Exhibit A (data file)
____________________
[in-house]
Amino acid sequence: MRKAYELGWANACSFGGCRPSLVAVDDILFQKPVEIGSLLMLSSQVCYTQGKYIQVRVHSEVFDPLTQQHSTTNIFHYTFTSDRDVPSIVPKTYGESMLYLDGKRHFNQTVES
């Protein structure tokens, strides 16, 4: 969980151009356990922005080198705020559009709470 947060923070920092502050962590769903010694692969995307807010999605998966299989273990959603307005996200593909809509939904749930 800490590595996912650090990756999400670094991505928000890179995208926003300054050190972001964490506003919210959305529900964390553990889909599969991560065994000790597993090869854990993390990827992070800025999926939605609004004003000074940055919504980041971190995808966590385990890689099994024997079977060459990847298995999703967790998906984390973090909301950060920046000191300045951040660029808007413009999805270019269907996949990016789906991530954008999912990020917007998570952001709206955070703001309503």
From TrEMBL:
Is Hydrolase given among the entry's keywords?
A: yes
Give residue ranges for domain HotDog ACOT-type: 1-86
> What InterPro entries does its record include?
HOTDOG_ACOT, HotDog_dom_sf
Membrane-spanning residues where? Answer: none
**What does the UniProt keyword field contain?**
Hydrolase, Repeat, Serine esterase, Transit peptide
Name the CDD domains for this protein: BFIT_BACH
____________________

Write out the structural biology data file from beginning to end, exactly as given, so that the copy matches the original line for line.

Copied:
[in-house]
Amino acid sequence: MRKAYELGWANACSFGGCRPSLVAVDDILFQKPVEIGSLLMLSSQVCYTQGKYIQVRVHSEVFDPLTQQHSTTNIFHYTFTSDRDVPSIVPKTYGESMLYLDGKRHFNQTVES
């Protein structure tokens, strides 16, 4: 969980151009356990922005080198705020559009709470 947060923070920092502050962590769903010694692969995307807010999605998966299989273990959603307005996200593909809509939904749930 800490590595996912650090990756999400670094991505928000890179995208926003300054050190972001964490506003919210959305529900964390553990889909599969991560065994000790597993090869854990993390990827992070800025999926939605609004004003000074940055919504980041971190995808966590385990890689099994024997079977060459990847298995999703967790998906984390973090909301950060920046000191300045951040660029808007413009999805270019269907996949990016789906991530954008999912990020917007998570952001709206955070703001309503």
From TrEMBL:
Is Hydrolase given among the entry's keywords?
A: yes
Give residue ranges for domain HotDog ACOT-type: 1-86
> What InterPro entries does its record include?
HOTDOG_ACOT, HotDog_dom_sf
Membrane-spanning residues where? Answer: none
**What does the UniProt keyword field contain?**
Hydrolase, Repeat, Serine esterase, Transit peptide
Name the CDD domains for this protein: BFIT_BACH